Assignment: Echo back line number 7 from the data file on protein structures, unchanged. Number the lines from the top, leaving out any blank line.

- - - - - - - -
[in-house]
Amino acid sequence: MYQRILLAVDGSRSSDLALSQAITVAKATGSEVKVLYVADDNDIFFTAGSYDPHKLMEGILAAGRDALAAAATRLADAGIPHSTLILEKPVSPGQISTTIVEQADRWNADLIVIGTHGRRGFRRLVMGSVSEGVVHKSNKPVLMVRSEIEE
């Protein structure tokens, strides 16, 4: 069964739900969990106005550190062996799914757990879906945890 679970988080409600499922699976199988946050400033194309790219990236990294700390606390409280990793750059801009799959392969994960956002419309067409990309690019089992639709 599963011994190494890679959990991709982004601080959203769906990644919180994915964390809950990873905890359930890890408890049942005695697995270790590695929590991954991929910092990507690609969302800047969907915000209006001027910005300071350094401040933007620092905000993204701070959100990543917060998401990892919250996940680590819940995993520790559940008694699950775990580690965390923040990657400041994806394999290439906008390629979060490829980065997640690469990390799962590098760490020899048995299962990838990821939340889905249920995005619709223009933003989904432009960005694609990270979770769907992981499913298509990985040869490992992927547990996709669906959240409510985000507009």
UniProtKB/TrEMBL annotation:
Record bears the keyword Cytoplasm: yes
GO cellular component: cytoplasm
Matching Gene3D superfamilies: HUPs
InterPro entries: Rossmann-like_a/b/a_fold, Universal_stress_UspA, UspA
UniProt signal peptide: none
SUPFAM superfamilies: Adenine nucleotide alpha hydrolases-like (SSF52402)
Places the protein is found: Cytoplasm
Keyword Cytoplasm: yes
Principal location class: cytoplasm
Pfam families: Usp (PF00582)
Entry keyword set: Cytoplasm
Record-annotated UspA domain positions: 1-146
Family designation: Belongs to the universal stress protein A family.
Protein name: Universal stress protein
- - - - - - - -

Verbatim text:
Matching Gene3D superfamilies: HUPs